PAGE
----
It is very important that NCCI PTP-associated modifiers only be used when appropriate. In general, these circumstances relate to separate patient encounters, separate anatomic sites or separate specimens. (See subsequent discussion of modifiers in this section.)

Let’s look at examples of PTP edits and MUEs edits.

PTP Examples

99394 Periodic comprehensive preventive medicine reevaluation and management of an individual, including an age and gender appropriate history, examination, counseling/anticipatory guidance/risk factor reduction interventions, and the ordering of laboratory/diagnostic procedures, established patient; adolescent (age 12 through 17 years)

99214 Office or other outpatient visit for the evaluation and management of an established patient, which requires at least 2 of these 3 key components: A detailed history; A detailed examination; Medical decision making of moderate complexity. Counseling and/or coordination of care with other physicians, other qualified health care professionals, or agencies are provided consistent with the nature of the problem(s) and the patient’s and/or family’s needs. Usually, the presenting problem(s) are of moderate to high severity. Typically, 25 minutes are spent face-to-face with the patient and/or family

PTP edits for practitioner and ASC services:

Column 1 Column 2 Effective Date Deletion Date Modifier Indicator

0 = not allowed
1 = allowed
9 = not applicable

PTP Edit Rationale
99394 99214 20140401 1 CPT® codebook or CMS manual coding instruction

The reason this PTP can be bypassed is, per the CPT® codebook, modifier 25 Significant, separately identifiable evaluation and management service by the same physician or other qualified health care professional on the same day of the procedure or other service may be applied to evaluation and management (E/M) services when another, separately identifiable service is performed on the same date of service.

Here’s another PTP edit for outpatient services in hospitals (including ED, observation, and hospital laboratory services):

Column 1 Column 2 Effective Date Deletion Date Modifier Indicator

0 = not allowed
1 = allowed
9 = not applicable

PTP Edit Rationale
99394 99214 20140401 1 CPT® codebook or CMS manual coding instruction

The reason this PTP can be bypassed is that, per the CPT® codebook, modifier 25 may be applied to E/M services when another separately identifiable service is performed on the same date of service.

There is no PTP edit for provider claims for DME because 99394 and 99214 are not DME codes; this methodology/edit does not apply.

MUE Example

44960 Appendectomy; for ruptured appendix with abscess or generalized peritonitis

HCPCS/CPT® Code Practitioner Services MUE Values MUE Rationale
44960 1 Anatomic Consideration

The practitioner services MUE value for 44960 is based on human anatomy because there is only one appendix, so it can only be removed once. By setting the MUE to one, no more than one unit can be billed and paid.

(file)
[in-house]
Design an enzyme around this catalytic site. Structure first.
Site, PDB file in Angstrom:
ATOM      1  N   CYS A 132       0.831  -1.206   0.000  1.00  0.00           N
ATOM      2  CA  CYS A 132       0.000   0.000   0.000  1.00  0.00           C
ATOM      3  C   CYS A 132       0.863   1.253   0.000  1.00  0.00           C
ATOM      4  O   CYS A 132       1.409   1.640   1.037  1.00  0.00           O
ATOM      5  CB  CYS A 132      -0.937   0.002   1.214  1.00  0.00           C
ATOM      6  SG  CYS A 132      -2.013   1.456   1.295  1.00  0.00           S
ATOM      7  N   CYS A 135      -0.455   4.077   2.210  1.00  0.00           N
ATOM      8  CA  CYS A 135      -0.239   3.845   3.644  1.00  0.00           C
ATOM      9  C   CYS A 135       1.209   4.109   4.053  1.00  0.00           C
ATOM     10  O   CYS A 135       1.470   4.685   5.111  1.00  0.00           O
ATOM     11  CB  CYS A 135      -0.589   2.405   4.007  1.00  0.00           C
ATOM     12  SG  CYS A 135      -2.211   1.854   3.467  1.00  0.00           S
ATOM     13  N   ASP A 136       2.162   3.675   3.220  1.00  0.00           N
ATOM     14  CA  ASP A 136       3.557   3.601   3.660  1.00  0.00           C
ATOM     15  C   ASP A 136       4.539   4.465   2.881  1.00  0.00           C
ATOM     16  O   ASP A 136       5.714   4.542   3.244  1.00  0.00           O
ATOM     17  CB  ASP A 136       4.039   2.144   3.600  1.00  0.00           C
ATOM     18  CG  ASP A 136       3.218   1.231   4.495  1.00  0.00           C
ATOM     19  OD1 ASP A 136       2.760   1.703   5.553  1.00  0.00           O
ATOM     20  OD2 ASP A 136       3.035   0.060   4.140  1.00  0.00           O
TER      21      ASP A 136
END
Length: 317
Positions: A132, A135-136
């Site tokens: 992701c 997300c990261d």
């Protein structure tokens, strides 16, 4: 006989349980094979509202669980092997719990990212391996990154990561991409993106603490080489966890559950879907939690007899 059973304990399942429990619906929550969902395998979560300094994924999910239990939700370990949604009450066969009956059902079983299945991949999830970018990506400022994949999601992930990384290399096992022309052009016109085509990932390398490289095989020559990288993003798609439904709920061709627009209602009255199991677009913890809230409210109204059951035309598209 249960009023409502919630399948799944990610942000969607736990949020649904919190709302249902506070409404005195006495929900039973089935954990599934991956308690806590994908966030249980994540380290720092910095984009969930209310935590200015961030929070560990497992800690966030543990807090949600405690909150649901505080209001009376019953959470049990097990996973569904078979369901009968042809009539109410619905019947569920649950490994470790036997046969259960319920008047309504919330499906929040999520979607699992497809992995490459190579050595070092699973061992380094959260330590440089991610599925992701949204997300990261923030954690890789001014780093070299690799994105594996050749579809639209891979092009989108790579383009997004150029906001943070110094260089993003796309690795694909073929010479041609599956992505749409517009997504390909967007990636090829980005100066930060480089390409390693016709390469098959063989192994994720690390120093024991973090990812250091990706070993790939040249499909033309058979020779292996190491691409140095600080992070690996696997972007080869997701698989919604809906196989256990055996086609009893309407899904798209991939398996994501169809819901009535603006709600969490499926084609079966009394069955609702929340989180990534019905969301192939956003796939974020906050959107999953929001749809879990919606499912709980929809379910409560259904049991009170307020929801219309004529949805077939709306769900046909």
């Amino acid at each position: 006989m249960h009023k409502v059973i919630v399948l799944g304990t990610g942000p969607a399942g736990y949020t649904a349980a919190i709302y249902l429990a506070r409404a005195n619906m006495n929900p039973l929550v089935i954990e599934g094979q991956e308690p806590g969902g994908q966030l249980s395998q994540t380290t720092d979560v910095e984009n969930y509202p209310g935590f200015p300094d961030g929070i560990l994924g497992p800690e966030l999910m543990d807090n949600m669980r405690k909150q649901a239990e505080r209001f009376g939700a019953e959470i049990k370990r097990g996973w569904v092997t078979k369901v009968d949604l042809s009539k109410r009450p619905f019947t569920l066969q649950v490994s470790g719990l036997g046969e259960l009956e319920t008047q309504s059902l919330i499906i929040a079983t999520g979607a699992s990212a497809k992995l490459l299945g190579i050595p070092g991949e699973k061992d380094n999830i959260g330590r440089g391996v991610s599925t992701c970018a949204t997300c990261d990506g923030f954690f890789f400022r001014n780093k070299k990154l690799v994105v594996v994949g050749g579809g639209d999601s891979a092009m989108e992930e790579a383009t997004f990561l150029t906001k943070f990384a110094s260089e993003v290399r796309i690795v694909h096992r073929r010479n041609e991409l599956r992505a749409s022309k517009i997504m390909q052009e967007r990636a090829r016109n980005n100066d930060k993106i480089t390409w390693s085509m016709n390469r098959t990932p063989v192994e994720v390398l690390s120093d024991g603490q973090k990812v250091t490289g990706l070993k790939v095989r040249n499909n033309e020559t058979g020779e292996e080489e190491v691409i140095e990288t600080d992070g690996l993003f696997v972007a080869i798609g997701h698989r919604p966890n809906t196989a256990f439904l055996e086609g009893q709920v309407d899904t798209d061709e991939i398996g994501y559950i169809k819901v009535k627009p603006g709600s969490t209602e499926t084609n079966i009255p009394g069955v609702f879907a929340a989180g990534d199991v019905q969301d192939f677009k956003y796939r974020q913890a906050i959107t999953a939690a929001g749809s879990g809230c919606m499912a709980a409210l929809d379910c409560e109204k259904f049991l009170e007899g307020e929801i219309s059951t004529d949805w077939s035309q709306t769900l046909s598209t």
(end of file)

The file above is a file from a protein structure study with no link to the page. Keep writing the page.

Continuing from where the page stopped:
HCPCS/CPT® Code Outpatient Hospital Services MUE Values MUE Rationale
44960 0 Inpatient Procedure

The MUE value for 44960 for outpatient hospital services is one because this procedure is assigned a status indicator (SI) of C, representing an inpatient-only procedure per CMS Addendum B. Inpatient-only services cannot be done in an outpatient setting.

There is no MUE edit for provider claims for DME because 44960 is not a DME code; this methodology/edit does not apply.

Edits May Be Retroactive

Retroactive deletions for MUE and PTP edits occur for all six methodologies/edits. For example, the PTP edit for codes 77295 3-dimensional radiotherapy plan, including dose-volume histograms and 77300 Basic radiation dosimetry calculation, central axis depth dose calculation, TDF, NSD, gap calculation, off axis factor, tissue inhomogeneity factors, calculation of non-ionizing radiation surface and depth dose, as required during course of treatment, only when prescribed by the treating physician was deleted, retroactive to Jan. 1, 2016. Deletions occur for various reasons, including when code descriptions are revised or codes are deleted, making the edits no longer applicable. Edits also may be deleted at the request of providers with supporting documentation proving that the edit is not applicable to medical practice. Due to how NCCI edits are released (quarterly), retroactive deletions of PTP edits and other changes that occur mid-quarter do not show until the next quarter is released.

Following the correct edit, Medicare or Medicaid, for the claim can mean all the difference between payment and denial. Don’t miss hard-earned revenue by following the wrong edit.


Samantha Prince, BSHCM, COC, CPC, CPMA, is a reimbursement analyst with the Department of Vermont Health Access and an adjunct instructor at the Northwest Technical Center in St. Albans, Vt. Prince is a 2015 graduate of Champlain College. She has been certified since 2010 and has served as the secretary, treasurer, and president of her local Burlington, Vt. chapter.